My recent column on the health care crisis brought anecdotal experiences out of the woodwork. My favorite was the guy who called and said that his doctor had recommended a new skin cream. When he picked up this small tube of paste at the pharmacy, he asked the pharmacist what the insurance company had been billed. The answer? $385.
Who would have known or cared? Most of us are totally disconnected from our health care costs because they are paid for by insurance companies and the monthly premium is largely paid by our employer. Whenever we don't receive a bill and don't have to write a check, we don't seem to care.
I wonder what Kaiser Permanente would have paid for it. One of my calls was from a physician at Kaiser who pointed out that they, in fact, are not barred from negotiating drug prices with major pharmaceutical firms. Kaiser has a team of people who grind away on the drug industry. Now that I think about it, I'm surprised that Kaiser hasn't been mentioned much at all in this great debate on health care. Isn't it a single-payer, health care provider? If Kaiser is what a government-run, health care provider would look like, why hasn't it been subjected to a barrage of criticism?
A brave fellow business owner with about 100 employees recently switched everyone to Kaiser. No choice in the matter. He is saving about $100,000 a year. He found that the people who "hated Kaiser" were only the people who had never tried it. The owner himself "walked the plank" to show some leadership by example.
What I also know, from further anecdotal comments, is that many people at Kaiser received large surprise bonuses last year because of the organization's financial success.
So, here's an analogy from my childhood that may explain what's happening.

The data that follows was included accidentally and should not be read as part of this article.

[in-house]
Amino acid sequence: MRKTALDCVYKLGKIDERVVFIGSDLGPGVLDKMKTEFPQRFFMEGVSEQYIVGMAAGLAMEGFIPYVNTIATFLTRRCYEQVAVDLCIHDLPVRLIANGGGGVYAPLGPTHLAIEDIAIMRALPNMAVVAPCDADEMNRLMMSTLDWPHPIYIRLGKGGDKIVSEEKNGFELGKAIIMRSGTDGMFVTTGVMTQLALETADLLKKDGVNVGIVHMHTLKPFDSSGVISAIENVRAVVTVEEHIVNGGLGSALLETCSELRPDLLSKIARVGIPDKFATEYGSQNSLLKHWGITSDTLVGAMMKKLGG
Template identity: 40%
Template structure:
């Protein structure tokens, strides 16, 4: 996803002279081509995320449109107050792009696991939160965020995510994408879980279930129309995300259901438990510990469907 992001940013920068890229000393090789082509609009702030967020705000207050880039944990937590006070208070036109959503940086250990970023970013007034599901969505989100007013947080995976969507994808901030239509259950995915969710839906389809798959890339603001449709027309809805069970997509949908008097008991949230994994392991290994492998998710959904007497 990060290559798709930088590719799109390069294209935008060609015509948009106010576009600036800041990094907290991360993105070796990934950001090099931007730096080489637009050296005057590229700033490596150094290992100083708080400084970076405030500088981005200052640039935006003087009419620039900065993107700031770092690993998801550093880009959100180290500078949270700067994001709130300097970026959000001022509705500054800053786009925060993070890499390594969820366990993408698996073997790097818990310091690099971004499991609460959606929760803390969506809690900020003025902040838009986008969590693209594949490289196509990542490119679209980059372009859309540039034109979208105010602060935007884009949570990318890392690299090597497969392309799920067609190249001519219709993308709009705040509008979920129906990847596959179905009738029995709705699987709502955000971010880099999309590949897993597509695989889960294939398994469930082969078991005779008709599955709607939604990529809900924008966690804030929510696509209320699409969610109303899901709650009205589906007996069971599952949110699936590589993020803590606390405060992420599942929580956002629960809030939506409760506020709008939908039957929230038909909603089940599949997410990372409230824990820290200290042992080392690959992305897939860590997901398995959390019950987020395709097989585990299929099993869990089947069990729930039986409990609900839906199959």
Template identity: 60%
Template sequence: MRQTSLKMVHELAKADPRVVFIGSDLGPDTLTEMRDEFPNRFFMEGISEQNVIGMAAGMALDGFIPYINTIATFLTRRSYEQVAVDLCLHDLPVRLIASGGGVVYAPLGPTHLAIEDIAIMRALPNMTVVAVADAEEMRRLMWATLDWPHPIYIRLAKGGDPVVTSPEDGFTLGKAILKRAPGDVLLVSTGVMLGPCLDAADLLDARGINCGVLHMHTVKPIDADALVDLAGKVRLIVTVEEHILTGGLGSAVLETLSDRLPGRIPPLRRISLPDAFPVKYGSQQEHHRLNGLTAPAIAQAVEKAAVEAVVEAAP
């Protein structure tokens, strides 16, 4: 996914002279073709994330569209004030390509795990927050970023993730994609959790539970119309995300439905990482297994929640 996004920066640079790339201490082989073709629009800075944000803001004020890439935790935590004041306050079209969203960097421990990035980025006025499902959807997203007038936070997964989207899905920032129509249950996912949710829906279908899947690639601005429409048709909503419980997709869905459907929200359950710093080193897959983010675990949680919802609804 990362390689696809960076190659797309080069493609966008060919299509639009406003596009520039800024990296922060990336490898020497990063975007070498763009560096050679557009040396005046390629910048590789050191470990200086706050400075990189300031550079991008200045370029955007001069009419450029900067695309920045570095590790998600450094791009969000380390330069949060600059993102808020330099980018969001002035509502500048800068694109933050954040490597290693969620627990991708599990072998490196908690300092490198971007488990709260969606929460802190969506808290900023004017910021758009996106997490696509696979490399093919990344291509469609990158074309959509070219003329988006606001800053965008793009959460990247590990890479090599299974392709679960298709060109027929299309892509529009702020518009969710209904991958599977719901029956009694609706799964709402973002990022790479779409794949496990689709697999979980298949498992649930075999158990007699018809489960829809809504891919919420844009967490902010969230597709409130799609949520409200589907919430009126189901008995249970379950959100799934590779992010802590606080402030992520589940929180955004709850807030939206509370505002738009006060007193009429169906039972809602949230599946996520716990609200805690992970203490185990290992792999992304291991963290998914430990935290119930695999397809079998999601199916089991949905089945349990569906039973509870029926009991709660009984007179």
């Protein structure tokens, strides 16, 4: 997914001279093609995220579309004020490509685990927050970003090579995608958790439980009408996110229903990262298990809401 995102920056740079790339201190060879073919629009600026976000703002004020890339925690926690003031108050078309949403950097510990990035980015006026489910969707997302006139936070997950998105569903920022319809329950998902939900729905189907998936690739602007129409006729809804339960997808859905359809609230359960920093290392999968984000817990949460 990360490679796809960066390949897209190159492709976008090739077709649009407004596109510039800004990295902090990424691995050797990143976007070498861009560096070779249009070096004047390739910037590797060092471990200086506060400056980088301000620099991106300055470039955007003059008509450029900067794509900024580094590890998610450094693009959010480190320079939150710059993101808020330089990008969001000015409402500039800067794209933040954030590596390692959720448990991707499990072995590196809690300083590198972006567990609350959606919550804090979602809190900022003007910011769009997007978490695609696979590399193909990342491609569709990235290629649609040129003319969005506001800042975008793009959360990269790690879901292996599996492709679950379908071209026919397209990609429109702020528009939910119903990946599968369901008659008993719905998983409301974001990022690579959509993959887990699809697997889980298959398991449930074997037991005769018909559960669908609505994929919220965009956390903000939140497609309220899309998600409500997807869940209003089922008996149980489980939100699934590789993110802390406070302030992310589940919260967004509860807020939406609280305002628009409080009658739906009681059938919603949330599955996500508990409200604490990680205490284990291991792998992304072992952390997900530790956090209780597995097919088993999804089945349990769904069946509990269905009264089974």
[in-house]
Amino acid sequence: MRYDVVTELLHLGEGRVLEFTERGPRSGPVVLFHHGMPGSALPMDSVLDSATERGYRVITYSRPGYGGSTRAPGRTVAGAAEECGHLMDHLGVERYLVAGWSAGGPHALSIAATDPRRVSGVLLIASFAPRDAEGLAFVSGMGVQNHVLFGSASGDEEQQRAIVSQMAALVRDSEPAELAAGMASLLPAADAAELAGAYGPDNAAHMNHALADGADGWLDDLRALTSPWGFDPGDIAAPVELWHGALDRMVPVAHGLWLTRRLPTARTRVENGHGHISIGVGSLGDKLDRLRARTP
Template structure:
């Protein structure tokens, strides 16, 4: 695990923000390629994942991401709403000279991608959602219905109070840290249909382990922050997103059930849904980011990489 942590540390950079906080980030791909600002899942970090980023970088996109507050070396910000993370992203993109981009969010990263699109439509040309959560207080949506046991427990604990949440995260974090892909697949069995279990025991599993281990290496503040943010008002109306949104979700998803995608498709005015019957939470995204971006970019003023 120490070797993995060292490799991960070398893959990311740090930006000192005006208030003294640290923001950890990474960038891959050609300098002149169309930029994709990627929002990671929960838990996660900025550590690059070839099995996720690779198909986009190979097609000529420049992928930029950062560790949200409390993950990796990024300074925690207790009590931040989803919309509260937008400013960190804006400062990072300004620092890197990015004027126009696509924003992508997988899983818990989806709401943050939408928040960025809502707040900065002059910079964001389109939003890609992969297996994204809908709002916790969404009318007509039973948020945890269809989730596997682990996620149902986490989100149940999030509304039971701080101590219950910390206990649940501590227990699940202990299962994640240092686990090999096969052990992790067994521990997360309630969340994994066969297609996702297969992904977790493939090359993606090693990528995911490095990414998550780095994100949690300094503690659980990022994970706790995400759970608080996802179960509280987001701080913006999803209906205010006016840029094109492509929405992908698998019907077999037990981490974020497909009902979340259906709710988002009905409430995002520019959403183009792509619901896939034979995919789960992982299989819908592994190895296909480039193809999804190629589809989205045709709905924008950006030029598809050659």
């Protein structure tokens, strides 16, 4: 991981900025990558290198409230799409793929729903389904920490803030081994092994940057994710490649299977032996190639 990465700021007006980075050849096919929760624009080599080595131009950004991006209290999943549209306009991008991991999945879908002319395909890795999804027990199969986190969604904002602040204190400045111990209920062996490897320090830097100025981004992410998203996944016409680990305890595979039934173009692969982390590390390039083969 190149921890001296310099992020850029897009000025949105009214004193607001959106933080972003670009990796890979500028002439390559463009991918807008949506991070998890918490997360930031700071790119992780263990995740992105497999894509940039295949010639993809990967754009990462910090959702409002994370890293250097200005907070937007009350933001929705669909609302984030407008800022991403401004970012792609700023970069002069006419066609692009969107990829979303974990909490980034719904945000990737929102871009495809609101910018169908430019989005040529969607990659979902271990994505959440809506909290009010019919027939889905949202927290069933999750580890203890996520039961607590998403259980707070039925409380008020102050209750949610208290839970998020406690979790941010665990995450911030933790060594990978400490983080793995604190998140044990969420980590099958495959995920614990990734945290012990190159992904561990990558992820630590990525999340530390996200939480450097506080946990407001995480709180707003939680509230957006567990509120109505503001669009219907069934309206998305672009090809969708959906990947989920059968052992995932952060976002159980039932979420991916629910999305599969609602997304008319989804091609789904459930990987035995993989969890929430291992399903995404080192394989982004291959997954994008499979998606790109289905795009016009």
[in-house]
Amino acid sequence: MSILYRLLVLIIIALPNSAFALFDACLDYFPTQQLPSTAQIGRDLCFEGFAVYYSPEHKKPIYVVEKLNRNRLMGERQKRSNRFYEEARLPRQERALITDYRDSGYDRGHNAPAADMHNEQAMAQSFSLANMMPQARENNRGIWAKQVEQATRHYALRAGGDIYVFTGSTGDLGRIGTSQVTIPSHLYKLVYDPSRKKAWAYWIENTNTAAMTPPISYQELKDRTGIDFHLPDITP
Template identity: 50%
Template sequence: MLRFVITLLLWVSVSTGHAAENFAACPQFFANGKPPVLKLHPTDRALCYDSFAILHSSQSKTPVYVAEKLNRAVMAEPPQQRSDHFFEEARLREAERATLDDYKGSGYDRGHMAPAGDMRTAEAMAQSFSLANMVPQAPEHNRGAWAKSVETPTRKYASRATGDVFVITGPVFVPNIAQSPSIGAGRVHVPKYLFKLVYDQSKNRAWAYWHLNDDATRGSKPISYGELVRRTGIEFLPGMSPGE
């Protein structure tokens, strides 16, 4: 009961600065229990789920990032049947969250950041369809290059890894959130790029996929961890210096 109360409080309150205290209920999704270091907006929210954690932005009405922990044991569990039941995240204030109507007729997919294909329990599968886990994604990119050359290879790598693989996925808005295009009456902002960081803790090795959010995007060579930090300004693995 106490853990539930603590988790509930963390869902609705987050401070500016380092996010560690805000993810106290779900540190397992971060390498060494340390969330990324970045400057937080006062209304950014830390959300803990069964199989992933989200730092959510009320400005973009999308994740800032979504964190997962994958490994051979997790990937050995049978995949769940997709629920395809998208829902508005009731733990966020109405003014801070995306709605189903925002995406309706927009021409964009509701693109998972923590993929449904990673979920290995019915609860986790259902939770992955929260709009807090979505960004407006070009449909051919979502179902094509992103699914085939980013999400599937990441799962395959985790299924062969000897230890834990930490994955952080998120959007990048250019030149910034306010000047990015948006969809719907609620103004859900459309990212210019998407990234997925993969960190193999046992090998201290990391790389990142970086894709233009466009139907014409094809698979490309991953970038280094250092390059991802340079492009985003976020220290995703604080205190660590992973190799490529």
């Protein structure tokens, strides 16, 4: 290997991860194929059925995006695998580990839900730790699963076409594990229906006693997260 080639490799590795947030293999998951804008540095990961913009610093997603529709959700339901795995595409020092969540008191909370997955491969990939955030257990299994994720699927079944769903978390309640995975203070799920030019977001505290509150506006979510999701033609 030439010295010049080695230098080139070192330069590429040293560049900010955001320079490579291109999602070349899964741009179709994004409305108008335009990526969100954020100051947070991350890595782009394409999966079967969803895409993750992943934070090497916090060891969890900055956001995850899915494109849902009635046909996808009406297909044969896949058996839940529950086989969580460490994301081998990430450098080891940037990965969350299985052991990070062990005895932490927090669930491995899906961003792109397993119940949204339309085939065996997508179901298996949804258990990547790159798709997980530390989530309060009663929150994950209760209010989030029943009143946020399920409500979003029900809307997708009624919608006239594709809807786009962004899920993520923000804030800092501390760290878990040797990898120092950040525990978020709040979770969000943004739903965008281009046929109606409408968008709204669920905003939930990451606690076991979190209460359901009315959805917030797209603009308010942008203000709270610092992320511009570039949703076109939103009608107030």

In the small New England town where I grew up, there were three famous machine tool companies that sold products throughout the world. One of the three companies was a union shop and the others two were nonunion. The union shop would strike periodically, and the result would be higher wages for its workers after a prolonged, expensive walkout. Wages for the nonunion shops would then rise to meet the town's demand for labor, but the other two shops' employees never had to bear the cost of a strike.
In a similar fashion, Kaiser can play off its competitors and price its health care services about 10 percent below the insurance company competition and entice business owners such as my friend to move to this single-payer system.
The insurance and for-profit hospital systems set the cost bar so high that Kaiser can still make plenty of money after underpricing the rest of the market. Kaiser can even afford what today might be far superior care with the free cash flow and profit margin that they have left after their discount from competitors' pricing. The health maintenance organization is operating in a market that is so inefficient and overpriced that it can offer a discount and still make a fortune.
If Kaiser is any example, a government-run health care service could probably price itself at 30 percent below current market and still "make a fortune" for us taxpayers. There are some pretty bright managers at the highest civil service levels who can make things happen for far less than $1.4 million per year, and we can change the law that prevents us from negotiating drug prices. The time has come.